Last week, the Urban Institute released an extraordinary report estimating that, because of government interventions during the pandemic, the US poverty rate had plummeted. These interventions included huge expansions of the the Supplemental Nutrition Assistance Program, in which states were allowed to implement waivers giving each family on food stamps the maximum allowable for a family of their size, rather than the smaller amounts they would normally qualify for on a sliding scale.
The importance of SNAP and other nutritional programs, as well as broader safety net programs and imaginative federal and state anti-poverty efforts, has been made abundantly clear all over the country this past 18 months.
Remember the early days of the pandemic? Cities like Las Vegas, which had basically shut down overnight and seen upwards of a quarter to a third of their workers suddenly lose their employment, saw vehicle breadlines at food banks that snaked along nearby roads for miles. Had America’s economically vulnerable been forced to rely on stretched-thin private charities and food-distribution volunteers from the spring of 2020 through to today, there would have been a hunger epidemic of staggering proportions. As it is, there is still an epidemic of “food insecurity,” with the Census Household Pulse Survey finding that nearly a quarter of white families with children and approaching 40 percent of Latino and African American families with children were food insecure at the height of the pandemic last summer.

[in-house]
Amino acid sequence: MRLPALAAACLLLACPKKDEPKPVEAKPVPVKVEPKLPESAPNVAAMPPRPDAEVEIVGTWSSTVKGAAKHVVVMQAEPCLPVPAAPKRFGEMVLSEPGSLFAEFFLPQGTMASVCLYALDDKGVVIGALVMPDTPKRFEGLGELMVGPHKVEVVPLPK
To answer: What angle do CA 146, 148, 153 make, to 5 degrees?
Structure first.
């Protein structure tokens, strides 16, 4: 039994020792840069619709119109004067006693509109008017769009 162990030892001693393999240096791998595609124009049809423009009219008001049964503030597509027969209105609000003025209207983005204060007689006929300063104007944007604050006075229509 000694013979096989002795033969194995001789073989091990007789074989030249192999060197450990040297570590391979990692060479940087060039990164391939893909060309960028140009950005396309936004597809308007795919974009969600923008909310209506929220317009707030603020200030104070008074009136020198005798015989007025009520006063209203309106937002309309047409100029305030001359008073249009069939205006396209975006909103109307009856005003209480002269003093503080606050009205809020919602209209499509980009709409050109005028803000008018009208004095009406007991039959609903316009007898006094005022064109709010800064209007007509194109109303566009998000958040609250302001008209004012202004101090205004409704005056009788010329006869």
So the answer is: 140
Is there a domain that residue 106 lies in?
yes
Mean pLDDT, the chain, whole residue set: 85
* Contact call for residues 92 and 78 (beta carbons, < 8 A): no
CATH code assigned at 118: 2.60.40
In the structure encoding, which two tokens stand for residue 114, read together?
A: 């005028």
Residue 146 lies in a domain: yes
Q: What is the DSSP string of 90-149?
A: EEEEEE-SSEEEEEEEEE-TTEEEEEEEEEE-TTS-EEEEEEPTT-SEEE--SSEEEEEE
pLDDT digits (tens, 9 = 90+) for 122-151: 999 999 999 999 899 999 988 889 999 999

Luckily, however, most of that food insecurity hasn’t translated to actual malnutrition or long-term hunger. Instead, in a rare instance of congressional sanity and legislative clarity, the political leaders of both parties, faced with cascading hunger on the scale that America saw in the early months of the pandemic, worked out a series of compromises that temporarily bulked up the food stamp program.
But while the American Rescue Plan extended the food stamp expansion through September of this year, come autumn millions of Americans will sees their benefits reduced. During a period when we are also seeing expanded unemployment payments eliminated and eviction protections whittled away, many will once more be vulnerable to hunger.
And that’s where the states have a key role to play.
In recent months, Western states have been at the forefront of efforts to extend an array of nutritional assistance programs to poor residents. While anti-hunger organizations such as the Food Research and Action Center have been pushing efforts, so far without success, to get Congress to enact a universal meals program for all K-12 public school students in the country, California has recently enacted a universal meals program all of its own. Other states are following in its wake: Maine’s governor has signed similar legislation into law, and others in the Northeast are likely to go down the same road. On the west coast, legislators in Oregon and Washington are hard at work crafting similar bills, according to anti-poverty advocates I have spoken with recently.